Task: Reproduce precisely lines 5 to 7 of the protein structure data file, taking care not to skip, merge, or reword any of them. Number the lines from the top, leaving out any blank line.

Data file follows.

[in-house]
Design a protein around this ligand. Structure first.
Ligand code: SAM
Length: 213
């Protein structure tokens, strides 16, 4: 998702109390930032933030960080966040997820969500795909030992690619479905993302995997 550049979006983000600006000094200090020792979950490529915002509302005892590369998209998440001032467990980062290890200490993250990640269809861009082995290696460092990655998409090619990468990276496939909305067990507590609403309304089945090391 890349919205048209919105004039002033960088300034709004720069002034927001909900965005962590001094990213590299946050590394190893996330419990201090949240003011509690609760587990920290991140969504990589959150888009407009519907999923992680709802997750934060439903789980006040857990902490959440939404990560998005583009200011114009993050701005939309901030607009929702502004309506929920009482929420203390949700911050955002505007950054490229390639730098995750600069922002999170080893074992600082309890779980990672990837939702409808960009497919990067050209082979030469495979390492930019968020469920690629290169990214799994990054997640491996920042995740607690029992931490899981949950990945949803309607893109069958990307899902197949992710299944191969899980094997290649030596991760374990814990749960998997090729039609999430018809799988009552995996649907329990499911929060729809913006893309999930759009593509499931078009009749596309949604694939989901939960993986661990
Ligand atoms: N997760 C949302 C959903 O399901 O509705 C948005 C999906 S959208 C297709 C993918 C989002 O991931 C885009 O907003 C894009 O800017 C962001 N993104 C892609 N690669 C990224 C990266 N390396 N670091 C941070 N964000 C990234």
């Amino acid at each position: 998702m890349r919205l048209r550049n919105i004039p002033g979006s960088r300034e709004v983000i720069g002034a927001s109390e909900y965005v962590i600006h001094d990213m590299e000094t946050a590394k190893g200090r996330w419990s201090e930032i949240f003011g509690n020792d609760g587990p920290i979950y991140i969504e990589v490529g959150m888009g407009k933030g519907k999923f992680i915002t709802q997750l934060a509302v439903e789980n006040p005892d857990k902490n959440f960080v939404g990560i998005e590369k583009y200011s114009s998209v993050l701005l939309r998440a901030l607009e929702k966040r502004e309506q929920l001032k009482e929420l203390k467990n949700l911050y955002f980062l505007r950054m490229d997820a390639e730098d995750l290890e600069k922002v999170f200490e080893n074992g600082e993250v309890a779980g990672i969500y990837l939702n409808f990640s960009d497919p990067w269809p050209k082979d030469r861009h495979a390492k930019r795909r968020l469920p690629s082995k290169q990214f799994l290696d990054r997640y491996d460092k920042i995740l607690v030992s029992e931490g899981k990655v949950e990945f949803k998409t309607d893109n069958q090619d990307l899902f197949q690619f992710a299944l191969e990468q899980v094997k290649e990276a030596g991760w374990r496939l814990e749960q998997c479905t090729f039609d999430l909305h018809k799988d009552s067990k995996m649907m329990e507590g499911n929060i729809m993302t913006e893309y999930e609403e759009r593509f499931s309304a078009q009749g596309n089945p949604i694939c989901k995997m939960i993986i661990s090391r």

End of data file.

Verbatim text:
């Protein structure tokens, strides 16, 4: 998702109390930032933030960080966040997820969500795909030992690619479905993302995997 550049979006983000600006000094200090020792979950490529915002509302005892590369998209998440001032467990980062290890200490993250990640269809861009082995290696460092990655998409090619990468990276496939909305067990507590609403309304089945090391 890349919205048209919105004039002033960088300034709004720069002034927001909900965005962590001094990213590299946050590394190893996330419990201090949240003011509690609760587990920290991140969504990589959150888009407009519907999923992680709802997750934060439903789980006040857990902490959440939404990560998005583009200011114009993050701005939309901030607009929702502004309506929920009482929420203390949700911050955002505007950054490229390639730098995750600069922002999170080893074992600082309890779980990672990837939702409808960009497919990067050209082979030469495979390492930019968020469920690629290169990214799994990054997640491996920042995740607690029992931490899981949950990945949803309607893109069958990307899902197949992710299944191969899980094997290649030596991760374990814990749960998997090729039609999430018809799988009552995996649907329990499911929060729809913006893309999930759009593509499931078009009749596309949604694939989901939960993986661990
Ligand atoms: N997760 C949302 C959903 O399901 O509705 C948005 C999906 S959208 C297709 C993918 C989002 O991931 C885009 O907003 C894009 O800017 C962001 N993104 C892609 N690669 C990224 C990266 N390396 N670091 C941070 N964000 C990234």
């Amino acid at each position: 998702m890349r919205l048209r550049n919105i004039p002033g979006s960088r300034e709004v983000i720069g002034a927001s109390e909900y965005v962590i600006h001094d990213m590299e000094t946050a590394k190893g200090r996330w419990s201090e930032i949240f003011g509690n020792d609760g587990p920290i979950y991140i969504e990589v490529g959150m888009g407009k933030g519907k999923f992680i915002t709802q997750l934060a509302v439903e789980n006040p005892d857990k902490n959440f960080v939404g990560i998005e590369k583009y200011s114009s998209v993050l701005l939309r998440a901030l607009e929702k966040r502004e309506q929920l001032k009482e929420l203390k467990n949700l911050y955002f980062l505007r950054m490229d997820a390639e730098d995750l290890e600069k922002v999170f200490e080893n074992g600082e993250v309890a779980g990672i969500y990837l939702n409808f990640s960009d497919p990067w269809p050209k082979d030469r861009h495979a390492k930019r795909r968020l469920p690629s082995k290169q990214f799994l290696d990054r997640y491996d460092k920042i995740l607690v030992s029992e931490g899981k990655v949950e990945f949803k998409t309607d893109n069958q090619d990307l899902f197949q690619f992710a299944l191969e990468q899980v094997k290649e990276a030596g991760w374990r496939l814990e749960q998997c479905t090729f039609d999430l909305h018809k799988d009552s067990k995996m649907m329990e507590g499911n929060i729809m993302t913006e893309y999930e609403e759009r593509f499931s309304a078009q009749g596309n089945p949604i694939c989901k995997m939960i993986i661990s090391r």